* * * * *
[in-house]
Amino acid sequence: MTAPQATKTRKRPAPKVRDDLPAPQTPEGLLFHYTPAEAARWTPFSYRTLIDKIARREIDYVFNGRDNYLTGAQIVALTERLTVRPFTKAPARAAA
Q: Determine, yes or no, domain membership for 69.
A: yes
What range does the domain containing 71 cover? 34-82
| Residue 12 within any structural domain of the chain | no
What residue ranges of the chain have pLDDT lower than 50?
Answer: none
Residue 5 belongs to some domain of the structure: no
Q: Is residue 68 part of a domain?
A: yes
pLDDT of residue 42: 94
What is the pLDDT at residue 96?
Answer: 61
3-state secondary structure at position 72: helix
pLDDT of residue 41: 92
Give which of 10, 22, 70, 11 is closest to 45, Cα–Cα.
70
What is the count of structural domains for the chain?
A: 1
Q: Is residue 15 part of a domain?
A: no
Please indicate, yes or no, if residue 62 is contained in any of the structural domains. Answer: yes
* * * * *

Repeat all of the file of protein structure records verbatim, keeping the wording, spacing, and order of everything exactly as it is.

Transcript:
[in-house]
Amino acid sequence: MTAPQATKTRKRPAPKVRDDLPAPQTPEGLLFHYTPAEAARWTPFSYRTLIDKIARREIDYVFNGRDNYLTGAQIVALTERLTVRPFTKAPARAAA
Q: Determine, yes or no, domain membership for 69.
A: yes
What range does the domain containing 71 cover? 34-82
| Residue 12 within any structural domain of the chain | no
What residue ranges of the chain have pLDDT lower than 50?
Answer: none
Residue 5 belongs to some domain of the structure: no
Q: Is residue 68 part of a domain?
A: yes
pLDDT of residue 42: 94
What is the pLDDT at residue 96?
Answer: 61
3-state secondary structure at position 72: helix
pLDDT of residue 41: 92
Give which of 10, 22, 70, 11 is closest to 45, Cα–Cα.
70
What is the count of structural domains for the chain?
A: 1
Q: Is residue 15 part of a domain?
A: no
Please indicate, yes or no, if residue 62 is contained in any of the structural domains. Answer: yes